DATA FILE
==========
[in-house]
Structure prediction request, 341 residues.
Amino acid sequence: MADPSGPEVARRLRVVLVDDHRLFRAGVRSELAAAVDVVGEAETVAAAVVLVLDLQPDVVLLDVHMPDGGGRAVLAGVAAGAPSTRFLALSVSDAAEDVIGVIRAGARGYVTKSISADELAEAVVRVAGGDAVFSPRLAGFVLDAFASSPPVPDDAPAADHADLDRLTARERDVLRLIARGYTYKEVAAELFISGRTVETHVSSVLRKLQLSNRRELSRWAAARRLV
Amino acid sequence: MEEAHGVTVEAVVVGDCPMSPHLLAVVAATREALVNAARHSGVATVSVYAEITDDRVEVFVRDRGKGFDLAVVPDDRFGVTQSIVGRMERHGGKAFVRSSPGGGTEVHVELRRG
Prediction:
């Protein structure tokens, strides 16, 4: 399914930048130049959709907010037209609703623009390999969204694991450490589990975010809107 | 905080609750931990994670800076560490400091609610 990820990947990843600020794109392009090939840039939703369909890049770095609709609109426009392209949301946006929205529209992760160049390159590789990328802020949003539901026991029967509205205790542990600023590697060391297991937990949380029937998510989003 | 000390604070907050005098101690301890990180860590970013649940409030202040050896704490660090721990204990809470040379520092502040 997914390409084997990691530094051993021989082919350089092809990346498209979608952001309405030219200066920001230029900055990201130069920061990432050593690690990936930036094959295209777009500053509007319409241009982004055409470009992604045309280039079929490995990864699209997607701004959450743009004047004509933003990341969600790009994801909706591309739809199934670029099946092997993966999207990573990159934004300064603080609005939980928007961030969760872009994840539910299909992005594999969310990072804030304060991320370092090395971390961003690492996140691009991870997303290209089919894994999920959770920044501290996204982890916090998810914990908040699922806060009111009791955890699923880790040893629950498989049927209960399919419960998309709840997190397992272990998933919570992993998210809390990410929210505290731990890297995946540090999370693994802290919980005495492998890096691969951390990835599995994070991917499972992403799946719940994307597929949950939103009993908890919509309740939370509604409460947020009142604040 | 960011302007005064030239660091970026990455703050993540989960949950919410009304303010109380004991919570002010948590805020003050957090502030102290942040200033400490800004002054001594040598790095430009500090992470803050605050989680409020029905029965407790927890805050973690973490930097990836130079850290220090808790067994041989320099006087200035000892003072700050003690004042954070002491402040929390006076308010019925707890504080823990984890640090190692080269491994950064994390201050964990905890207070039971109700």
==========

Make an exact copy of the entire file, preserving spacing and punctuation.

[in-house]
Structure prediction request, 341 residues.
Amino acid sequence: MADPSGPEVARRLRVVLVDDHRLFRAGVRSELAAAVDVVGEAETVAAAVVLVLDLQPDVVLLDVHMPDGGGRAVLAGVAAGAPSTRFLALSVSDAAEDVIGVIRAGARGYVTKSISADELAEAVVRVAGGDAVFSPRLAGFVLDAFASSPPVPDDAPAADHADLDRLTARERDVLRLIARGYTYKEVAAELFISGRTVETHVSSVLRKLQLSNRRELSRWAAARRLV
Amino acid sequence: MEEAHGVTVEAVVVGDCPMSPHLLAVVAATREALVNAARHSGVATVSVYAEITDDRVEVFVRDRGKGFDLAVVPDDRFGVTQSIVGRMERHGGKAFVRSSPGGGTEVHVELRRG
Prediction:
């Protein structure tokens, strides 16, 4: 399914930048130049959709907010037209609703623009390999969204694991450490589990975010809107 | 905080609750931990994670800076560490400091609610 990820990947990843600020794109392009090939840039939703369909890049770095609709609109426009392209949301946006929205529209992760160049390159590789990328802020949003539901026991029967509205205790542990600023590697060391297991937990949380029937998510989003 | 000390604070907050005098101690301890990180860590970013649940409030202040050896704490660090721990204990809470040379520092502040 997914390409084997990691530094051993021989082919350089092809990346498209979608952001309405030219200066920001230029900055990201130069920061990432050593690690990936930036094959295209777009500053509007319409241009982004055409470009992604045309280039079929490995990864699209997607701004959450743009004047004509933003990341969600790009994801909706591309739809199934670029099946092997993966999207990573990159934004300064603080609005939980928007961030969760872009994840539910299909992005594999969310990072804030304060991320370092090395971390961003690492996140691009991870997303290209089919894994999920959770920044501290996204982890916090998810914990908040699922806060009111009791955890699923880790040893629950498989049927209960399919419960998309709840997190397992272990998933919570992993998210809390990410929210505290731990890297995946540090999370693994802290919980005495492998890096691969951390990835599995994070991917499972992403799946719940994307597929949950939103009993908890919509309740939370509604409460947020009142604040 | 960011302007005064030239660091970026990455703050993540989960949950919410009304303010109380004991919570002010948590805020003050957090502030102290942040200033400490800004002054001594040598790095430009500090992470803050605050989680409020029905029965407790927890805050973690973490930097990836130079850290220090808790067994041989320099006087200035000892003072700050003690004042954070002491402040929390006076308010019925707890504080823990984890640090190692080269491994950064994390201050964990905890207070039971109700």